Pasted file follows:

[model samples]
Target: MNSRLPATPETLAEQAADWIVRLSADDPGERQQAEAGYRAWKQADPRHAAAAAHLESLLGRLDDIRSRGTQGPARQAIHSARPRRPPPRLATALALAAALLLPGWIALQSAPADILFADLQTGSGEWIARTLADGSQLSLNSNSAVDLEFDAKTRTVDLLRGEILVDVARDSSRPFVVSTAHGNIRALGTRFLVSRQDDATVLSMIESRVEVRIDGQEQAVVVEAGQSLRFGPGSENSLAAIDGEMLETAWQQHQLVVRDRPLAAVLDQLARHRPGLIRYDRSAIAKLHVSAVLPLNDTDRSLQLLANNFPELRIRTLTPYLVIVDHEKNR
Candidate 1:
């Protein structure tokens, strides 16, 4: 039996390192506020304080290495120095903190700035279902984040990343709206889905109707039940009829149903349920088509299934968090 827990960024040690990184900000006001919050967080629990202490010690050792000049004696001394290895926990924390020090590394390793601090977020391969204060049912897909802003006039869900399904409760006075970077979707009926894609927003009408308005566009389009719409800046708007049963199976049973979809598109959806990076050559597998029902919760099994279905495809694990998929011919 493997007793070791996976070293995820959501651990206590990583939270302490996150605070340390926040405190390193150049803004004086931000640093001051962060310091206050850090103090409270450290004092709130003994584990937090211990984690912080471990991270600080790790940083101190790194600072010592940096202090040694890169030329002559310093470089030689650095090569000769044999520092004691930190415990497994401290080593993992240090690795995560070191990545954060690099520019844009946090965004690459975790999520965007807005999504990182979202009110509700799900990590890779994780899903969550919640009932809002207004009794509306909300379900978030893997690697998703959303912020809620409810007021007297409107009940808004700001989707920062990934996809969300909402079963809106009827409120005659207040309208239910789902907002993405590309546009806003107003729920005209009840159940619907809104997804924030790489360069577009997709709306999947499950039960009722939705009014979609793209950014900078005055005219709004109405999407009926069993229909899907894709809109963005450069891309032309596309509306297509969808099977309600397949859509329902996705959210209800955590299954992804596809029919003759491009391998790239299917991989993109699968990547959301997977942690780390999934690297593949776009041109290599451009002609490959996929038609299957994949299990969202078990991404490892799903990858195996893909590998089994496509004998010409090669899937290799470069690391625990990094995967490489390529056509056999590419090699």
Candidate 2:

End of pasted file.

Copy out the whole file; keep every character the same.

[model samples]
Target: MNSRLPATPETLAEQAADWIVRLSADDPGERQQAEAGYRAWKQADPRHAAAAAHLESLLGRLDDIRSRGTQGPARQAIHSARPRRPPPRLATALALAAALLLPGWIALQSAPADILFADLQTGSGEWIARTLADGSQLSLNSNSAVDLEFDAKTRTVDLLRGEILVDVARDSSRPFVVSTAHGNIRALGTRFLVSRQDDATVLSMIESRVEVRIDGQEQAVVVEAGQSLRFGPGSENSLAAIDGEMLETAWQQHQLVVRDRPLAAVLDQLARHRPGLIRYDRSAIAKLHVSAVLPLNDTDRSLQLLANNFPELRIRTLTPYLVIVDHEKNR
Candidate 1:
């Protein structure tokens, strides 16, 4: 039996390192506020304080290495120095903190700035279902984040990343709206889905109707039940009829149903349920088509299934968090 827990960024040690990184900000006001919050967080629990202490010690050792000049004696001394290895926990924390020090590394390793601090977020391969204060049912897909802003006039869900399904409760006075970077979707009926894609927003009408308005566009389009719409800046708007049963199976049973979809598109959806990076050559597998029902919760099994279905495809694990998929011919 493997007793070791996976070293995820959501651990206590990583939270302490996150605070340390926040405190390193150049803004004086931000640093001051962060310091206050850090103090409270450290004092709130003994584990937090211990984690912080471990991270600080790790940083101190790194600072010592940096202090040694890169030329002559310093470089030689650095090569000769044999520092004691930190415990497994401290080593993992240090690795995560070191990545954060690099520019844009946090965004690459975790999520965007807005999504990182979202009110509700799900990590890779994780899903969550919640009932809002207004009794509306909300379900978030893997690697998703959303912020809620409810007021007297409107009940808004700001989707920062990934996809969300909402079963809106009827409120005659207040309208239910789902907002993405590309546009806003107003729920005209009840159940619907809104997804924030790489360069577009997709709306999947499950039960009722939705009014979609793209950014900078005055005219709004109405999407009926069993229909899907894709809109963005450069891309032309596309509306297509969808099977309600397949859509329902996705959210209800955590299954992804596809029919003759491009391998790239299917991989993109699968990547959301997977942690780390999934690297593949776009041109290599451009002609490959996929038609299957994949299990969202078990991404490892799903990858195996893909590998089994496509004998010409090669899937290799470069690391625990990094995967490489390529056509056999590419090699």
Candidate 2: